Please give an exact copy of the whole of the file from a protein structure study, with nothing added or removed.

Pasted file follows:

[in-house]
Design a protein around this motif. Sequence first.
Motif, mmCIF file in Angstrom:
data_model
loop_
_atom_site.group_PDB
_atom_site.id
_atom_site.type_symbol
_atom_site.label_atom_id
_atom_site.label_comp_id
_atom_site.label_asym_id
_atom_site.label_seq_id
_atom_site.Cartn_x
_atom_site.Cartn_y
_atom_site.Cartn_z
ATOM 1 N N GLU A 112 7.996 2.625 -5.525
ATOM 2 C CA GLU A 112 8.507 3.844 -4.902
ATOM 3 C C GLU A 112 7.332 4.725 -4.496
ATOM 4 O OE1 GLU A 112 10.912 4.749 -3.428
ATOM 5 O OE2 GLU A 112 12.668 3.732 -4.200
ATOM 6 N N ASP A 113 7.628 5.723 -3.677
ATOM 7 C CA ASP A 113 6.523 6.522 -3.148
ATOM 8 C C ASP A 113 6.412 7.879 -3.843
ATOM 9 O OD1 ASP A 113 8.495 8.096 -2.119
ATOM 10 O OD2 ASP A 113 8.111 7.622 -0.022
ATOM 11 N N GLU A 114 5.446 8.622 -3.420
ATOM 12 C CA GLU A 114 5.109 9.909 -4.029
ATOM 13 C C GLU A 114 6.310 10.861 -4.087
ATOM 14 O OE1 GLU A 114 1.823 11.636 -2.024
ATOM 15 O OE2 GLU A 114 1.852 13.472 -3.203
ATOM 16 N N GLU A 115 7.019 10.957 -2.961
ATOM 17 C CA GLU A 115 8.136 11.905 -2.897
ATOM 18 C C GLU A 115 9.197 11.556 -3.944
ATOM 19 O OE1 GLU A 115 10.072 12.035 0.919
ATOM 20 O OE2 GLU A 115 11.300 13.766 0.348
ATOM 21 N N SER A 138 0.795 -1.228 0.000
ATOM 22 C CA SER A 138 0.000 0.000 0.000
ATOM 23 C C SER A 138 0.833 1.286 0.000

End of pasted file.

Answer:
[in-house]
Design a protein around this motif. Sequence first.
Motif, mmCIF file in Angstrom:
data_model
loop_
_atom_site.group_PDB
_atom_site.id
_atom_site.type_symbol
_atom_site.label_atom_id
_atom_site.label_comp_id
_atom_site.label_asym_id
_atom_site.label_seq_id
_atom_site.Cartn_x
_atom_site.Cartn_y
_atom_site.Cartn_z
ATOM 1 N N GLU A 112 7.996 2.625 -5.525
ATOM 2 C CA GLU A 112 8.507 3.844 -4.902
ATOM 3 C C GLU A 112 7.332 4.725 -4.496
ATOM 4 O OE1 GLU A 112 10.912 4.749 -3.428
ATOM 5 O OE2 GLU A 112 12.668 3.732 -4.200
ATOM 6 N N ASP A 113 7.628 5.723 -3.677
ATOM 7 C CA ASP A 113 6.523 6.522 -3.148
ATOM 8 C C ASP A 113 6.412 7.879 -3.843
ATOM 9 O OD1 ASP A 113 8.495 8.096 -2.119
ATOM 10 O OD2 ASP A 113 8.111 7.622 -0.022
ATOM 11 N N GLU A 114 5.446 8.622 -3.420
ATOM 12 C CA GLU A 114 5.109 9.909 -4.029
ATOM 13 C C GLU A 114 6.310 10.861 -4.087
ATOM 14 O OE1 GLU A 114 1.823 11.636 -2.024
ATOM 15 O OE2 GLU A 114 1.852 13.472 -3.203
ATOM 16 N N GLU A 115 7.019 10.957 -2.961
ATOM 17 C CA GLU A 115 8.136 11.905 -2.897
ATOM 18 C C GLU A 115 9.197 11.556 -3.944
ATOM 19 O OE1 GLU A 115 10.072 12.035 0.919
ATOM 20 O OE2 GLU A 115 11.300 13.766 0.348
ATOM 21 N N SER A 138 0.795 -1.228 0.000
ATOM 22 C CA SER A 138 0.000 0.000 0.000
ATOM 23 C C SER A 138 0.833 1.286 0.000